Welcome note September 2019

 

Dear Readers,

About three months after the European elections new Commission President-elect Ursula von der Leyen announced the final nominees of her new team and their portfolios. The new Commission of the European Union (EU) will consist of eight Vice-Presidents including the Vice-President and High Representative for Foreign Policy and Security Policy and 18 Commissioners from all EU Member States.  This team, officially known as the College, will steer the work of the European Commission and defend the interests of the European Union under the leadership of Ursula von der Leyen.

Within the coming weeks, the public hearings of the Commissioners-designate in the relevant committees of the European Parliament will assess the Commissioners’ suitability for the job. It is only after the European Parliament has given its final consent to the entire College of Commissioners,  that the European Council can appoint the European Commission, allowing Ursula von der Leyen and her team to start their work in November 2019.

The European organic movement expectations for the next Commission’s priorities

The new Commission intends to focus its work on the changes in climate, technology and demography. In line with this, IFOAM EU expects the new Commission to reform the CAP in way that supports targeted payments, which allow farmers to reduce their impact on the environment and make their farms economically viable instead of subsidising harmful farming practices. We are calling for 70% of the next CAP budget to be dedicated to environmental and climate action. To underline our demands we are part of the Good Food Good Farming (GFGF) campaign and will be present at its event in Strasbourg on 22 October, where like-minded NGOs, farmers and civil society will urge the European Parliament to act for a better future of European food and farming.

Given the ongoing discussion around Genetically Modified Organisms (GMOs) and their regulation, the European organic movement is asking the European Commission and the EU Member States to efficiently implement the decision of the European Court of Justice (ECJ). In July 2018, the ECJ ruled that new genetic engineering techniques produce GMOs and should be regulated as such, which is crucial for the organic and conventional sectors to remain GMO-free.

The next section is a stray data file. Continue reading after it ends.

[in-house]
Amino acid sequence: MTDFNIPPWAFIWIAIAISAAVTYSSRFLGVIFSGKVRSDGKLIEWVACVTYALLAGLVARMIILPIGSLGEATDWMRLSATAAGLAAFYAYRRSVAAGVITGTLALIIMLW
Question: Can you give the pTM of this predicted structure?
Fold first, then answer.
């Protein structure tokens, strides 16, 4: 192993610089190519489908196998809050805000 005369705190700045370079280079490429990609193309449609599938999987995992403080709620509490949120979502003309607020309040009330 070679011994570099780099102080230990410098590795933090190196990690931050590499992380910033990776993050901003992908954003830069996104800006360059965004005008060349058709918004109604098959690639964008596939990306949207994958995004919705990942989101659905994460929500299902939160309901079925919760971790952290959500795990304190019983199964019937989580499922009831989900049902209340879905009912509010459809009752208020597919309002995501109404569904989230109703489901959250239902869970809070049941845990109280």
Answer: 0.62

To make sure the European organic food and farming sector is well represented towards the new Commission and our demands are heard,  we will continue our advocacy work on above mentioned and a range of other topics.

A busy few months ahead

We will dedicate the final month of this year to a range of important and interesting events taking place in Brussels. On 3 and 4  December, TP Organics will organise the 5th edition of its Organic Innovation Days together with LIAISON and XF-ACTORS projects. The event will feature the European Rural Innovation Contest Award Ceremony, workshops on optimising innovation in the organic sector and the launch of the new Strategic Research and Innovation Agenda. This publication sets the research and innovation needs for the organic sector until 2027 and guides the new Commission on the implementation of Horizon Europe, the next EU’s research and innovation framework programme. Have a look at the preliminary agenda and register before 26 November.

Furthermore, on 2 December, IFOAM EU will celebrate the successful completion of the 4-year SME Organics project, which aimed at bringing together regional governments, organic food and farming stakeholders including enterprises, universities and research institutes to share best practices that can support the competitiveness and sustainability of organic Small and Medium-sized Enterprises (SMEs) in their regions . Last but not least, we will also host the 2nd edition of “IFOAM EU meets business – Bringing the organic food industry together” on 3 December, bringing together IFOAM EU and companies involved in organic. Visit our website to find out more and register until 10 November.

Sincerely,

Eduardo Cuoco

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